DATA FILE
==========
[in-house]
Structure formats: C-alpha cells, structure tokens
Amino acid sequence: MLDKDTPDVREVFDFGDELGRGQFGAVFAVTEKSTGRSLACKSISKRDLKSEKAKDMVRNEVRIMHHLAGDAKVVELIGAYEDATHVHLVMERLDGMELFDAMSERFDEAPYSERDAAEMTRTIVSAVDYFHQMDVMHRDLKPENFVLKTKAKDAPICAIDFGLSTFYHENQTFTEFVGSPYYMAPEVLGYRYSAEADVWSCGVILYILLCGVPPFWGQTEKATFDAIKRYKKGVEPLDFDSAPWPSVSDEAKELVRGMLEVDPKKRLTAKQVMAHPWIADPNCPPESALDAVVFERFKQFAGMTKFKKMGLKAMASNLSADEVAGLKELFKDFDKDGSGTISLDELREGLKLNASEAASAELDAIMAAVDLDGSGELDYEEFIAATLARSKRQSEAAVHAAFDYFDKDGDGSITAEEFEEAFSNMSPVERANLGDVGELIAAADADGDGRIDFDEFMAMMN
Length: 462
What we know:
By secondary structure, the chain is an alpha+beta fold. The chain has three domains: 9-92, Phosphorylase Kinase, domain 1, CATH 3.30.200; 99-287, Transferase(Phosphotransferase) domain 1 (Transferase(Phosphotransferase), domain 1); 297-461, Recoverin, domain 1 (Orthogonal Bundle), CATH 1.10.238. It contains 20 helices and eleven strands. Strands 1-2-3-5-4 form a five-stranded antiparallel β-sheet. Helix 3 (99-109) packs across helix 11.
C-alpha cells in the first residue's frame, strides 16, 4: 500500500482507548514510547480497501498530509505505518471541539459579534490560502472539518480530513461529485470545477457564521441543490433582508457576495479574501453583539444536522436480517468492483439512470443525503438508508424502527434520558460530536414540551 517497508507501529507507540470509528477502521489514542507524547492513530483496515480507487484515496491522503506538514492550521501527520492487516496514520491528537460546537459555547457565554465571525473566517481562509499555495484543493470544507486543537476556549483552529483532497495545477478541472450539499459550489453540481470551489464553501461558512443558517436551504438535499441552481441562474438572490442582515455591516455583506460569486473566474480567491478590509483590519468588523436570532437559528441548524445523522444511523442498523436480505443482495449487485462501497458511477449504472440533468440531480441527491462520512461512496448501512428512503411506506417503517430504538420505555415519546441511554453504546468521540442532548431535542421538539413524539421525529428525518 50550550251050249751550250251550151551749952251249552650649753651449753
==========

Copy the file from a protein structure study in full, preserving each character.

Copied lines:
[in-house]
Structure formats: C-alpha cells, structure tokens
Amino acid sequence: MLDKDTPDVREVFDFGDELGRGQFGAVFAVTEKSTGRSLACKSISKRDLKSEKAKDMVRNEVRIMHHLAGDAKVVELIGAYEDATHVHLVMERLDGMELFDAMSERFDEAPYSERDAAEMTRTIVSAVDYFHQMDVMHRDLKPENFVLKTKAKDAPICAIDFGLSTFYHENQTFTEFVGSPYYMAPEVLGYRYSAEADVWSCGVILYILLCGVPPFWGQTEKATFDAIKRYKKGVEPLDFDSAPWPSVSDEAKELVRGMLEVDPKKRLTAKQVMAHPWIADPNCPPESALDAVVFERFKQFAGMTKFKKMGLKAMASNLSADEVAGLKELFKDFDKDGSGTISLDELREGLKLNASEAASAELDAIMAAVDLDGSGELDYEEFIAATLARSKRQSEAAVHAAFDYFDKDGDGSITAEEFEEAFSNMSPVERANLGDVGELIAAADADGDGRIDFDEFMAMMN
Length: 462
What we know:
By secondary structure, the chain is an alpha+beta fold. The chain has three domains: 9-92, Phosphorylase Kinase, domain 1, CATH 3.30.200; 99-287, Transferase(Phosphotransferase) domain 1 (Transferase(Phosphotransferase), domain 1); 297-461, Recoverin, domain 1 (Orthogonal Bundle), CATH 1.10.238. It contains 20 helices and eleven strands. Strands 1-2-3-5-4 form a five-stranded antiparallel β-sheet. Helix 3 (99-109) packs across helix 11.
C-alpha cells in the first residue's frame, strides 16, 4: 500500500482507548514510547480497501498530509505505518471541539459579534490560502472539518480530513461529485470545477457564521441543490433582508457576495479574501453583539444536522436480517468492483439512470443525503438508508424502527434520558460530536414540551 517497508507501529507507540470509528477502521489514542507524547492513530483496515480507487484515496491522503506538514492550521501527520492487516496514520491528537460546537459555547457565554465571525473566517481562509499555495484543493470544507486543537476556549483552529483532497495545477478541472450539499459550489453540481470551489464553501461558512443558517436551504438535499441552481441562474438572490442582515455591516455583506460569486473566474480567491478590509483590519468588523436570532437559528441548524445523522444511523442498523436480505443482495449487485462501497458511477449504472440533468440531480441527491462520512461512496448501512428512503411506506417503517430504538420505555415519546441511554453504546468521540442532548431535542421538539413524539421525529428525518 50550550251050249751550250251550151551749952251249552650649753651449753